- The Washington Times - Wednesday, April 14, 2021

Hundreds of CEOs and executives from major U.S. companies on Wednesday signed on as opponents of new election laws in Republican-run states, potentially alienating their conservative customers by lining up alongside Democrats in a fierce political battle over how America votes.

Large tech companies, big banks, major airlines and retail businesses all signed a statement vowing to oppose “any discriminatory legislation” in states that tighten election laws.

Kenneth Chenault, former chief executive of American Express, and Kenneth Frazier, chief executive of Merck, helped organize the joint statement, which appears as a full-page advertisement in The Washington Post and The New York Times.

“For American democracy to work for any of us, we must ensure the right to vote for all of us,” the statement said. “We all should feel a responsibility to defend the right to vote and to oppose discriminatory legislation or measures that restrict or prevent any eligible voter from having an equal and fair opportunity to cast a ballot. Voting is the lifeblood of our democracy, and we call upon all Americans to join us in taking a nonpartisan stand for this most basic and fundamental right of all Americans.”

The executives insisted they were not taking a political stand. Nevertheless, the stand they took invited a partisan response.

Dan Schneider, executive director of the American Conservative Union, said the political activism by companies such as Amazon, Apple, Bank of America, United Airlines and Target would provoke a backlash of conservative boycotts.

“These corporations are extremely shortsighted,” Mr. Schneider said. “They have relied on conservative and free-market activist organizations to argue for the policies that create jobs and increase shareholder value. By turning their backs on conservatives, they believe they are currying favor with the radical left in Congress and the White House. That’s going to be a short-lived proposition for them. They’re going to be bitten in the you-know-what.”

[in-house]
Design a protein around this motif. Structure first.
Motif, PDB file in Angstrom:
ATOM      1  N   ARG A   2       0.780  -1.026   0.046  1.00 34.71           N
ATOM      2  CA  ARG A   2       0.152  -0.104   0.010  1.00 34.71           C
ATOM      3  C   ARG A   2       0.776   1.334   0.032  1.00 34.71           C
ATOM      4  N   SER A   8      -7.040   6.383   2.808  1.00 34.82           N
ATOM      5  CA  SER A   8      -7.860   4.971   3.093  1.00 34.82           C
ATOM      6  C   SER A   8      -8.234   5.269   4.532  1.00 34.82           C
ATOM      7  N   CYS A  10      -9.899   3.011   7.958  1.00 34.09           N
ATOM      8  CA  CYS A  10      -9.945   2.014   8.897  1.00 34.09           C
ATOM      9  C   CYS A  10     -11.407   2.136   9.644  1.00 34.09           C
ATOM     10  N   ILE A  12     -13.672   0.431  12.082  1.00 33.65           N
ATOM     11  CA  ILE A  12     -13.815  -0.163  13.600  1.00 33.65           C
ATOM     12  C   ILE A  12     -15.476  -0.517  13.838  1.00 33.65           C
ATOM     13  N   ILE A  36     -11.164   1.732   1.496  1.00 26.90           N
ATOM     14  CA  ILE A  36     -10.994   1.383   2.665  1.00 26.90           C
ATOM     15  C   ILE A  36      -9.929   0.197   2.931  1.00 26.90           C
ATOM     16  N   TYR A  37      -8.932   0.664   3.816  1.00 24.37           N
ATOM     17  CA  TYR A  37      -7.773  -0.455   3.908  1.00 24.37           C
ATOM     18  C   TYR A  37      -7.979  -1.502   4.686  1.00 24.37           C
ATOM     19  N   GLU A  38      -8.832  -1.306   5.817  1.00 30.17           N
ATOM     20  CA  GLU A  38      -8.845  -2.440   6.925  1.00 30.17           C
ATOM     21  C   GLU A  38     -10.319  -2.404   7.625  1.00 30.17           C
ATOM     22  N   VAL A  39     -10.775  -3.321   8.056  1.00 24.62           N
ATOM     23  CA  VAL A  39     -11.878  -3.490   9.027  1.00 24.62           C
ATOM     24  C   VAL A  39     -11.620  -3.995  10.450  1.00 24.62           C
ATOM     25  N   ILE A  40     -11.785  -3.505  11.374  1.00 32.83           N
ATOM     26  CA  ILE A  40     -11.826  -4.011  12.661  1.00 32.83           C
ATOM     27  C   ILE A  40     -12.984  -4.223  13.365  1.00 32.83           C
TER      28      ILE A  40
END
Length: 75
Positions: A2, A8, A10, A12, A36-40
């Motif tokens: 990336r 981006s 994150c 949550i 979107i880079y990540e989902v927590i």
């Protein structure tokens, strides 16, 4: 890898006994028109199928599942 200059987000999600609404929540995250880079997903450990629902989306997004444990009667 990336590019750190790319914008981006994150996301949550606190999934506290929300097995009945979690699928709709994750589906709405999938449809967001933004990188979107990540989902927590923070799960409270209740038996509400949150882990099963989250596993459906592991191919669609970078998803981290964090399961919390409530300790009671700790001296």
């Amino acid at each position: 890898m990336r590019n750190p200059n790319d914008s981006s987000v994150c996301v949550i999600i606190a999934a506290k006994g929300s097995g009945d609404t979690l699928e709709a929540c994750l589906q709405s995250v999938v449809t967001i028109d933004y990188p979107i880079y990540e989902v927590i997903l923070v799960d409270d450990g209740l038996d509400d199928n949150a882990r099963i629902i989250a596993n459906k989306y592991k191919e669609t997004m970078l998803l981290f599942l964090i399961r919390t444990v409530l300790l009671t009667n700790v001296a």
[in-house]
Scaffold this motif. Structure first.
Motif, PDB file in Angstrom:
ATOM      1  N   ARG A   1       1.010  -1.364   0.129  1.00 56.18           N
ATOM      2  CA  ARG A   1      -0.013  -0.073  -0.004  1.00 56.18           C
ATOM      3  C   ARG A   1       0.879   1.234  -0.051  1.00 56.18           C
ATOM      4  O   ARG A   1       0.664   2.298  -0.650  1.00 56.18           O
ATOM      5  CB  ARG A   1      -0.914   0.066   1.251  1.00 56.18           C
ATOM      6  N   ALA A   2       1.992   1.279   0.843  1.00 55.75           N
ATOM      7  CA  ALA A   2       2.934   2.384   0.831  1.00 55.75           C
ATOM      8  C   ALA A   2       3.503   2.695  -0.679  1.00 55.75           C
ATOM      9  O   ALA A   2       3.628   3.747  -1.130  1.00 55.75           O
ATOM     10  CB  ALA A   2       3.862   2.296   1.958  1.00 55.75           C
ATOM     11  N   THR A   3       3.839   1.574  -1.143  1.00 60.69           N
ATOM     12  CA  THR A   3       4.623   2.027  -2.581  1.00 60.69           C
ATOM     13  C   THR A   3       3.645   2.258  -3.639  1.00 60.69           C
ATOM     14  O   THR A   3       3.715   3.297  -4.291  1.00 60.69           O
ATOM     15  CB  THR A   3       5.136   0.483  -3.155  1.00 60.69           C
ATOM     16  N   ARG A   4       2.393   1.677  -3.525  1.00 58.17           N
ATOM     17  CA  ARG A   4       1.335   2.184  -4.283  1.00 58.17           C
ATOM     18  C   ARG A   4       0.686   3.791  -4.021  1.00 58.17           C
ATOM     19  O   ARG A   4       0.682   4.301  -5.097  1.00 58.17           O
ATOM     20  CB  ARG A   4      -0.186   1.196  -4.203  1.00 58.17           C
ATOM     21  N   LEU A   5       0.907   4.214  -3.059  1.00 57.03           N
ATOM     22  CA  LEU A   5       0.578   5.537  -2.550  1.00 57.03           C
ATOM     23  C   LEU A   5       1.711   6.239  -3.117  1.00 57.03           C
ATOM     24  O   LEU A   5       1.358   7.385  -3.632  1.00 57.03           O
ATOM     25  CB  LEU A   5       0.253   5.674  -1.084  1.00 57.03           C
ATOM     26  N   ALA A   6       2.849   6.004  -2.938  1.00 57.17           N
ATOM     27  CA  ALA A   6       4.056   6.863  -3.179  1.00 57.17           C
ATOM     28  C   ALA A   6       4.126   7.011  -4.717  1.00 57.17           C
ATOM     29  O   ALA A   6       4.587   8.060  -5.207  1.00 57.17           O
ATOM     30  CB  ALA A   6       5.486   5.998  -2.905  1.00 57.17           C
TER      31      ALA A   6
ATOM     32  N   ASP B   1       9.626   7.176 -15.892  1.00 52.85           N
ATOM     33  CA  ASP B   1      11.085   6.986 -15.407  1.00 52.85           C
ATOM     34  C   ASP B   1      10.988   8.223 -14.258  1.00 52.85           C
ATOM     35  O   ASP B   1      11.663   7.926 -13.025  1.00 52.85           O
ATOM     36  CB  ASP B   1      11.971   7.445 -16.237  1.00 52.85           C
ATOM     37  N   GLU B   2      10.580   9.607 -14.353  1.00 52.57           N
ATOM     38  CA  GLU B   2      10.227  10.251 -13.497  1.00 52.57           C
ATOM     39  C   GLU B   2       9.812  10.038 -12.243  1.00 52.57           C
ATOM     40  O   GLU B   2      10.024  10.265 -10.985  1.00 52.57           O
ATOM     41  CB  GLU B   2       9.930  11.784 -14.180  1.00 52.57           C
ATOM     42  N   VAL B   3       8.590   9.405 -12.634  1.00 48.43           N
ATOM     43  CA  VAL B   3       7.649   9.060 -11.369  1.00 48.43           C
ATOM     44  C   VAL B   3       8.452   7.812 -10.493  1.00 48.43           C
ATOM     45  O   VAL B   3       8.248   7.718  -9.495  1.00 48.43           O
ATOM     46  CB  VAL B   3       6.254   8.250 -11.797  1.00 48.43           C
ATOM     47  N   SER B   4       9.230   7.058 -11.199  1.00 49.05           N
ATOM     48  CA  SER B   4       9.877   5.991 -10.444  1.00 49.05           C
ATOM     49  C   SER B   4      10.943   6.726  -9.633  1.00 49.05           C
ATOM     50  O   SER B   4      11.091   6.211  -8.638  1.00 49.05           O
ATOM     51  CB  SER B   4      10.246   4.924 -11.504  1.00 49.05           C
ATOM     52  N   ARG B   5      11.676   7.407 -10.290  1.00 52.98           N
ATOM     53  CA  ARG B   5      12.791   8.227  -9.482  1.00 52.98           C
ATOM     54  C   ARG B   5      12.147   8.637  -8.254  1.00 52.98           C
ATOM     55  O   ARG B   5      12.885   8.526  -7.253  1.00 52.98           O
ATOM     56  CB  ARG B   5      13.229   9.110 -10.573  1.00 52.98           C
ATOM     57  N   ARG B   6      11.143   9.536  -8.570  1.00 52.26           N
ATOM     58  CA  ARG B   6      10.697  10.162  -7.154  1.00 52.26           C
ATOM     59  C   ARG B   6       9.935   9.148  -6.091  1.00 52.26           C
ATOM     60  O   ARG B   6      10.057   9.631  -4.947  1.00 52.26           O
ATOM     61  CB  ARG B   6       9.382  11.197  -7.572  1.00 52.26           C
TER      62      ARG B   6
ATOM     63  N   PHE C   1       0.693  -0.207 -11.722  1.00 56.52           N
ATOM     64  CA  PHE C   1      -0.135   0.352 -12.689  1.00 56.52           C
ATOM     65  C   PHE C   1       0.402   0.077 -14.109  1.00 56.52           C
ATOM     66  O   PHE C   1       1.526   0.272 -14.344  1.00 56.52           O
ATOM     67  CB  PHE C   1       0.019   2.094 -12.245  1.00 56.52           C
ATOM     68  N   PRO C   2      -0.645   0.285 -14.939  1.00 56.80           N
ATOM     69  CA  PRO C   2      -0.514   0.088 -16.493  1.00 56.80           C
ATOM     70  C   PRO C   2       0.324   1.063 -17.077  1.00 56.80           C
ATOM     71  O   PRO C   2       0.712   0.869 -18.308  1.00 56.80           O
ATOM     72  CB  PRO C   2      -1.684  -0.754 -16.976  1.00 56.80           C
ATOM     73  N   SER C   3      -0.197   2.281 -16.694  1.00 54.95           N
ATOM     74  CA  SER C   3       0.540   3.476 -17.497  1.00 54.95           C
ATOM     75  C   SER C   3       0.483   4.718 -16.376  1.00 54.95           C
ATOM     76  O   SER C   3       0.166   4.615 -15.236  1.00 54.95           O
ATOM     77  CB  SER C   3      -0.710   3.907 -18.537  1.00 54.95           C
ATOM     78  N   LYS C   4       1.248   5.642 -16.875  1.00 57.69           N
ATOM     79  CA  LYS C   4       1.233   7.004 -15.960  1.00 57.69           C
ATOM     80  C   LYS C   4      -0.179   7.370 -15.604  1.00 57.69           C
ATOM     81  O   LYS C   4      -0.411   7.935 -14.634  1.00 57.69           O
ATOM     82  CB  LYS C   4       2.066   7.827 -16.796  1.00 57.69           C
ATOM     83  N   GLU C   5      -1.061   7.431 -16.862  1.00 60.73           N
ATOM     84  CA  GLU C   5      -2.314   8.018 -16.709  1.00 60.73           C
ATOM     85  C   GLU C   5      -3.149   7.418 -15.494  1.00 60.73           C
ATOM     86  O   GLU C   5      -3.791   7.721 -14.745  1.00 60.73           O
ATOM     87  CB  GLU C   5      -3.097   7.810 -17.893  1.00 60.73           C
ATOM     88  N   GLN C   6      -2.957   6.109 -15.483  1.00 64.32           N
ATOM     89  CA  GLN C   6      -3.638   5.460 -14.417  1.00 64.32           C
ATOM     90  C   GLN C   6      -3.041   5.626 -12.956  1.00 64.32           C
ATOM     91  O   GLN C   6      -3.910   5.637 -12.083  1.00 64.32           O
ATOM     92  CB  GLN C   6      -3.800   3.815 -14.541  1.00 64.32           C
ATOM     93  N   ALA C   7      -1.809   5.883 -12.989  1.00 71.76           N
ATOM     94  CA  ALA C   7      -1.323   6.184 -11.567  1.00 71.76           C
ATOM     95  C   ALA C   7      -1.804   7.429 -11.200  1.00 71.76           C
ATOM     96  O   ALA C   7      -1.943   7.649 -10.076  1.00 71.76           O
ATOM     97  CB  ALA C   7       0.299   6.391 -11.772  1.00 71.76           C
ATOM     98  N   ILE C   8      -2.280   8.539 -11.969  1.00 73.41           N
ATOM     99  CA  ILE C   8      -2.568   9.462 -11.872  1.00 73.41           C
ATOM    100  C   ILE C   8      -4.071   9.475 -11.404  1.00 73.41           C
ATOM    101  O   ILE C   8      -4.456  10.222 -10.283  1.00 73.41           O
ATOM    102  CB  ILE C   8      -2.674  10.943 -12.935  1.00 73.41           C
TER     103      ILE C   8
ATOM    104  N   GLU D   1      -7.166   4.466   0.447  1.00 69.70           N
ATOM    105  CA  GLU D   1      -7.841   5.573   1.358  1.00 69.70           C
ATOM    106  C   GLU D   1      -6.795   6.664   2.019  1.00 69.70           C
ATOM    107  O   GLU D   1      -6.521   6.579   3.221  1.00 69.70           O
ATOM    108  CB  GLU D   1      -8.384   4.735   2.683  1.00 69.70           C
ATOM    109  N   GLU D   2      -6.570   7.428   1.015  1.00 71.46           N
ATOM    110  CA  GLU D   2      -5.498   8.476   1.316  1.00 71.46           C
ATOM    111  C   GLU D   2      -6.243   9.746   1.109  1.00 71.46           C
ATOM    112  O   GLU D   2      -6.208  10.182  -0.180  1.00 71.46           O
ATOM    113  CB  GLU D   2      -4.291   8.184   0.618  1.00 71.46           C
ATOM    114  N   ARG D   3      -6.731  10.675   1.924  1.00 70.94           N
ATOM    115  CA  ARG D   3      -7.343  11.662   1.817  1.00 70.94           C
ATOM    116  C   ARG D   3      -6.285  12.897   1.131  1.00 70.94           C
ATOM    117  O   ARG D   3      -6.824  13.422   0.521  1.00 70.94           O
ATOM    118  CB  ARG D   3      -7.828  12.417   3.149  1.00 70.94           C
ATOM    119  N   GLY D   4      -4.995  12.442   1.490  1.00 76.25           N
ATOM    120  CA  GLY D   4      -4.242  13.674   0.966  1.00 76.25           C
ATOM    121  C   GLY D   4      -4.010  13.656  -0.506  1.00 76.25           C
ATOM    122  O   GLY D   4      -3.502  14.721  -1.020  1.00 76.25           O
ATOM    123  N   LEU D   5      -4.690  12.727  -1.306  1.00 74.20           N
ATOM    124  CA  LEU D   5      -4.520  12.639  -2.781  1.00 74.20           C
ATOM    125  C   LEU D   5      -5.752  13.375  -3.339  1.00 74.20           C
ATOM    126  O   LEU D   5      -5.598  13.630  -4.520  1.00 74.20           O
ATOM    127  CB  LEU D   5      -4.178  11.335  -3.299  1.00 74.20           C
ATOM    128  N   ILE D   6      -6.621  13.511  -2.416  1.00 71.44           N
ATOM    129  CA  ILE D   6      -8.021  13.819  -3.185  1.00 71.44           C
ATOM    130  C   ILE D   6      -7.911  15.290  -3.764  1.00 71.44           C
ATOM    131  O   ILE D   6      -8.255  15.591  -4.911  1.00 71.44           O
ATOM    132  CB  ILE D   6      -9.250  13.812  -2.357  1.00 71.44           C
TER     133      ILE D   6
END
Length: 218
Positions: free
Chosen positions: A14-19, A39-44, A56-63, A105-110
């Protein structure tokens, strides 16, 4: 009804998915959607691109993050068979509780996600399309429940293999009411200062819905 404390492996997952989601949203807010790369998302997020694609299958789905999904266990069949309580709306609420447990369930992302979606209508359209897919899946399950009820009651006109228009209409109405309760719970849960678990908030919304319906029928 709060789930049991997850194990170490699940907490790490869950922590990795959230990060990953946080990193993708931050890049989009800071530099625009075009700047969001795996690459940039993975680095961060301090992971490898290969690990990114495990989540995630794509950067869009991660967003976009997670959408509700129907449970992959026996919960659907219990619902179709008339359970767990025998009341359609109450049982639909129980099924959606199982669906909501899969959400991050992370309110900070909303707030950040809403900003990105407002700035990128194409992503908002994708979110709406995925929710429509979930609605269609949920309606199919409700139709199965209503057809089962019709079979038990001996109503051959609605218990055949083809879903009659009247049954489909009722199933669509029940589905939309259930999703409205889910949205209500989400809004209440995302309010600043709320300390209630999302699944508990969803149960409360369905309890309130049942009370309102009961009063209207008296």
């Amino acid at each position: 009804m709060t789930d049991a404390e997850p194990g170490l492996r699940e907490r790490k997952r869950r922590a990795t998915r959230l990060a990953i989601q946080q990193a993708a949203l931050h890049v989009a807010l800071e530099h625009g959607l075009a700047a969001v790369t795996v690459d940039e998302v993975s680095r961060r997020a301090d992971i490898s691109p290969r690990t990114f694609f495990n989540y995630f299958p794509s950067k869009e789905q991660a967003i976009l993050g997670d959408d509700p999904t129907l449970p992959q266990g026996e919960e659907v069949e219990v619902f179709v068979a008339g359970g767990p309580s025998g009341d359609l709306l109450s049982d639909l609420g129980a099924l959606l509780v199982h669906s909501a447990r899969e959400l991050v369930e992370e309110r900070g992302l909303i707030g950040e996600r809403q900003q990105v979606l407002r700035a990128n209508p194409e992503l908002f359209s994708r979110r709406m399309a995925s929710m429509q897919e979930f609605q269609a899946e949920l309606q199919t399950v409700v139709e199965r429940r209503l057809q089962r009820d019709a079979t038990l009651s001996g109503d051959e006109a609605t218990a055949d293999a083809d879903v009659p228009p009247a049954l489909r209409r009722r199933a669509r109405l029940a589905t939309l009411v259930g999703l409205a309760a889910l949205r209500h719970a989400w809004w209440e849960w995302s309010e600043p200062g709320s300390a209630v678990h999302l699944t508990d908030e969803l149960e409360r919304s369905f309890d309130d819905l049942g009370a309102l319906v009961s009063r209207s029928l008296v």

The American Conservative Union this week launched a campaign to urge businesses not to bow to the agenda of the political left. They asked for meetings with business leaders and threatened grassroots action if rebuffed.

How the businesses’ statement resonates with customers remained to be seen, but large swaths of the U.S. marketplace don’t buy into liberal doctrine.

A Gallup survey released this year found that 36% of Americans identify as conservative, 35% as moderate and 25% as liberal.

The business leaders’ statement does not identify individual states or specific legislation that the business executives deem objectionable. However, it echoes liberal outrage over Georgia’s new election laws and Republicans’ push for election safeguards such as voter ID requirements.

Requiring identification to vote is commonplace in the U.S. and has been on the books for decades. Thirty-six states currently require voters to show ID, according to the National Conference of State Legislatures.

The laws have become increasingly strict in some states, where photo IDs are now required. More than a dozen states specifically request photo identification to cast a ballot. Indiana was the first state to implement a strict photo requirement, which the Supreme Court upheld in 2008.

Voter fraud and duplicate voting can be prevented by voter ID laws, conservatives say. They point to scores of countries that require identification to vote, including the United Kingdom, Canada, France, Argentina and Brazil.